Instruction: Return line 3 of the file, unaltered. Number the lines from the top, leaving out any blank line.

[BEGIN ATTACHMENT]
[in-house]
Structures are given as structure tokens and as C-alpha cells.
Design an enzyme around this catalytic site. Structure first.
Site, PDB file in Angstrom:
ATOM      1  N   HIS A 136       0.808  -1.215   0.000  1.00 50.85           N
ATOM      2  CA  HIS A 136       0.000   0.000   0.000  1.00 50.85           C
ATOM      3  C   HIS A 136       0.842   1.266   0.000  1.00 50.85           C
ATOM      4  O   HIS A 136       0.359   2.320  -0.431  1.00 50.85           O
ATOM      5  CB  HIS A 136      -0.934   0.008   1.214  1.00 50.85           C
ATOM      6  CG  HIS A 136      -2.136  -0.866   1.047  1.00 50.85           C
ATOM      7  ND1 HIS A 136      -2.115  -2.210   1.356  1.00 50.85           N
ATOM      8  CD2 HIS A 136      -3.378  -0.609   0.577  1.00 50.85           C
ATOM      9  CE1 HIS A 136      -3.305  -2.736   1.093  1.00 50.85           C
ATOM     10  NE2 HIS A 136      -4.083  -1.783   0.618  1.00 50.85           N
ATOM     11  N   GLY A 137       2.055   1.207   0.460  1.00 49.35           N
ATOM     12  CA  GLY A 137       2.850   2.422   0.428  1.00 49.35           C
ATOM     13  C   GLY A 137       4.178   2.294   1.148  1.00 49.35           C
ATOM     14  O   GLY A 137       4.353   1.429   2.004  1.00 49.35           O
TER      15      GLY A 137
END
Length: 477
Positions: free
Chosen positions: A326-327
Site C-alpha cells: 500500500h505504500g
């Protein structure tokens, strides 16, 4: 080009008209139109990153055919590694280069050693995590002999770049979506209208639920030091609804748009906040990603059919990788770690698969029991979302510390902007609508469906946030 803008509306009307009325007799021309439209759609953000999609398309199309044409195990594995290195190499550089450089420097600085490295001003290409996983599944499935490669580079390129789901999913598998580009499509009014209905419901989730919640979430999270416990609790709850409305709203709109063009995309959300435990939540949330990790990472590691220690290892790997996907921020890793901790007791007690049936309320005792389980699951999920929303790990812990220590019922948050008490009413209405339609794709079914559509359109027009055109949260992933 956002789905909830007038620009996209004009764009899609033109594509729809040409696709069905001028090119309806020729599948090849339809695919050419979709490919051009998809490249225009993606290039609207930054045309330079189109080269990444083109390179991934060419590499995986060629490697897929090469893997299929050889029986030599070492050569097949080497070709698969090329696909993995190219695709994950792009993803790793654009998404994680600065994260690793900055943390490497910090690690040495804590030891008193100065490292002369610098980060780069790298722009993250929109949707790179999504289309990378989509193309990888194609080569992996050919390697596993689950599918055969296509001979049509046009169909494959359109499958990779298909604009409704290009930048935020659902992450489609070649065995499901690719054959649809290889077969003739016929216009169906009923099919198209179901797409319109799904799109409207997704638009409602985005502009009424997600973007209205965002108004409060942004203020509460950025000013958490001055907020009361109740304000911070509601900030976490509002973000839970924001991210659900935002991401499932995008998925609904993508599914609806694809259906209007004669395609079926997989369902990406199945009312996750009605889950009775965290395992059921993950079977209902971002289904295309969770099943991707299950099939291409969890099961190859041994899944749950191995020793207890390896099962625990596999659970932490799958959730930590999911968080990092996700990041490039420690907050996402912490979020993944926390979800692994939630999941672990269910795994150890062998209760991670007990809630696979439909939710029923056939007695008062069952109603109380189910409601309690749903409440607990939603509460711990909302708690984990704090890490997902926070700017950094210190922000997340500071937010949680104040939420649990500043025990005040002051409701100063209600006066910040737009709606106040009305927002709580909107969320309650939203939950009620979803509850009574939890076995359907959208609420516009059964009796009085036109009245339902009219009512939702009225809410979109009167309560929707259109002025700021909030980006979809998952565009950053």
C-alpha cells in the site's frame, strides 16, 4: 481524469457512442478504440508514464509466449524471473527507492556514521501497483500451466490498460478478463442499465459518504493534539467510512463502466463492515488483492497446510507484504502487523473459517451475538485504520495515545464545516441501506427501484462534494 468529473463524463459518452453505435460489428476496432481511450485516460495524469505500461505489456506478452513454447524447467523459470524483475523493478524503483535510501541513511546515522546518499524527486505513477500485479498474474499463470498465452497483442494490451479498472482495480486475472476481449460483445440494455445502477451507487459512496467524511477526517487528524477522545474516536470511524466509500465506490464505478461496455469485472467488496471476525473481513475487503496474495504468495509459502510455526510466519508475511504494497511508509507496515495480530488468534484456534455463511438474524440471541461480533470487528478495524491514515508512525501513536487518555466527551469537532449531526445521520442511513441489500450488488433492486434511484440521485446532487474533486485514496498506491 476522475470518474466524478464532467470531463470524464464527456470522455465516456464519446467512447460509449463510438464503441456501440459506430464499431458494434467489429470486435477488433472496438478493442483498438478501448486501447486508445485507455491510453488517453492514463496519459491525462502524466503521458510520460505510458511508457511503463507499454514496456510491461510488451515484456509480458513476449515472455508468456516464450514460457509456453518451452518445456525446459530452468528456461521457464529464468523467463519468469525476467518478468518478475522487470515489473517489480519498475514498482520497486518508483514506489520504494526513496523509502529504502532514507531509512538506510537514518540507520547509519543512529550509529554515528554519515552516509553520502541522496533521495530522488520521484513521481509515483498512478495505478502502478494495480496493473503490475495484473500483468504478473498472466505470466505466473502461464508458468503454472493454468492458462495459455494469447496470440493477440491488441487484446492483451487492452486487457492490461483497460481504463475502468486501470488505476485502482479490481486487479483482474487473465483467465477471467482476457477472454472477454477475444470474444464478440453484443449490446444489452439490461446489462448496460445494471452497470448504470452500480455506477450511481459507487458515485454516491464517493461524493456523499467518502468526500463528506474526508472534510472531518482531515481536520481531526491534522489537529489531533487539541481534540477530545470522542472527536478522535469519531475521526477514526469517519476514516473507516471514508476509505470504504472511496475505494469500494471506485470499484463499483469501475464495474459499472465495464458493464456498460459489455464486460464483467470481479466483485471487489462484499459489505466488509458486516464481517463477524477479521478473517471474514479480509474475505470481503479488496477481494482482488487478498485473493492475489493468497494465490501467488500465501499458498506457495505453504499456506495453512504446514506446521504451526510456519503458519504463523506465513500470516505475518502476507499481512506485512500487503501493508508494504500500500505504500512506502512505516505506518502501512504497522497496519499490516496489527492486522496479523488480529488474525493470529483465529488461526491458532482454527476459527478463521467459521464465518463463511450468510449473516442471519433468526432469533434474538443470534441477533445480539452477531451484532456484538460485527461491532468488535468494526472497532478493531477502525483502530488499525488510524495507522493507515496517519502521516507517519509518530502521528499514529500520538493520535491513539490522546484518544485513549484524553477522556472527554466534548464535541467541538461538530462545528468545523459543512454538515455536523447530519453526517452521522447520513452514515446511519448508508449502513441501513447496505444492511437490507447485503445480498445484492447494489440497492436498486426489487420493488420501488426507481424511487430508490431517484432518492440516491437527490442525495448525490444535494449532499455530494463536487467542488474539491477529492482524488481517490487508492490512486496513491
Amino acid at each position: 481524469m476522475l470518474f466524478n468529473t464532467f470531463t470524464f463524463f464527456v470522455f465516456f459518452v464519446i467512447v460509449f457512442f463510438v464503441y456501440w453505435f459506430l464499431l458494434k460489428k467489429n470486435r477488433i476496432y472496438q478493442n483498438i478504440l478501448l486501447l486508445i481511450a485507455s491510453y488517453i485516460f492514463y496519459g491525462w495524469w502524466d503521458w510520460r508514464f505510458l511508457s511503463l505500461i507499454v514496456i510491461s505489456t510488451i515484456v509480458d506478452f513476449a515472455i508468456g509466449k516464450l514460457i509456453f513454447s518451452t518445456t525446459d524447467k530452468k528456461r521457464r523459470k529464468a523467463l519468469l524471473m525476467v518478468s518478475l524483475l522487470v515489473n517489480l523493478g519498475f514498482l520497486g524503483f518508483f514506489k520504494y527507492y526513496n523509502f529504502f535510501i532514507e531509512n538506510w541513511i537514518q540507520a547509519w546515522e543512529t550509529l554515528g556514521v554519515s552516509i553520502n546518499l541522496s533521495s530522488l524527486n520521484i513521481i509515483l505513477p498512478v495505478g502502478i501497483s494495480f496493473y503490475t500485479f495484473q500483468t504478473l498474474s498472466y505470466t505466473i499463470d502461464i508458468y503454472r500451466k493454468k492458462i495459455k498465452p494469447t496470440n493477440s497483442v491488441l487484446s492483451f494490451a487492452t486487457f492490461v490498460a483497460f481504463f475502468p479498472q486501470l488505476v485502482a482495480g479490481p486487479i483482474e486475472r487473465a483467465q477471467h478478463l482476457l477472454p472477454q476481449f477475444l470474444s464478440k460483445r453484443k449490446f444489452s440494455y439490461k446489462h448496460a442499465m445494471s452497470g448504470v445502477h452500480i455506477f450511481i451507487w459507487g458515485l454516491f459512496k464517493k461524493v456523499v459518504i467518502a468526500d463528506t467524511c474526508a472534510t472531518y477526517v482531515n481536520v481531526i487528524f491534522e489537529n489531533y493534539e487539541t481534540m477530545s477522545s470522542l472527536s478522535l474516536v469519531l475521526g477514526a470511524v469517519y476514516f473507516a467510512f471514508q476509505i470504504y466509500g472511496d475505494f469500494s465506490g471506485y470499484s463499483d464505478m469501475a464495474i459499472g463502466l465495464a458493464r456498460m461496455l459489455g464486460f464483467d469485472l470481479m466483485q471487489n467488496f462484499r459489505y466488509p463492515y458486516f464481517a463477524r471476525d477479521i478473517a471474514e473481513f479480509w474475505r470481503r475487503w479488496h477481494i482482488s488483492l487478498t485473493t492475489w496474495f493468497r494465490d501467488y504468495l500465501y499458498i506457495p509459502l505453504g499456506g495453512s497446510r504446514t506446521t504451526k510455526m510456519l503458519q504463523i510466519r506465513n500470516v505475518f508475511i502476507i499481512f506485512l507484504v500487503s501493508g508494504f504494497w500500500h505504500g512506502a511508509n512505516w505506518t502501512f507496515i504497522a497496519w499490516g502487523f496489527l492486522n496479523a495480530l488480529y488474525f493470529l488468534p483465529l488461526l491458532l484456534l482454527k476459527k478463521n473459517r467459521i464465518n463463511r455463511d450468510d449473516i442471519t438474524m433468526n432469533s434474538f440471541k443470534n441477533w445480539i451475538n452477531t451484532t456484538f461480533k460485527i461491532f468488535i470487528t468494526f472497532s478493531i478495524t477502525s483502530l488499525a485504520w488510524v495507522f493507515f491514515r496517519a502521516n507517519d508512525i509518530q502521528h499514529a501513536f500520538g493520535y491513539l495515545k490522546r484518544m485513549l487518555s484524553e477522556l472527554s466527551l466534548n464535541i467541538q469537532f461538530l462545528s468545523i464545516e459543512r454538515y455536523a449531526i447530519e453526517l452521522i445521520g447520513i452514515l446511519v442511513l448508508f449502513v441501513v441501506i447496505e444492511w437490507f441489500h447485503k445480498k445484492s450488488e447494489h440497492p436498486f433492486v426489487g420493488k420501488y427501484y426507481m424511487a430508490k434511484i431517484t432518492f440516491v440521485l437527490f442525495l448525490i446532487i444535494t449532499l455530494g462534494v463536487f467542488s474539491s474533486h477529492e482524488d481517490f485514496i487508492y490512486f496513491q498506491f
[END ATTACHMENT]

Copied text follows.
Design an enzyme around this catalytic site. Structure first.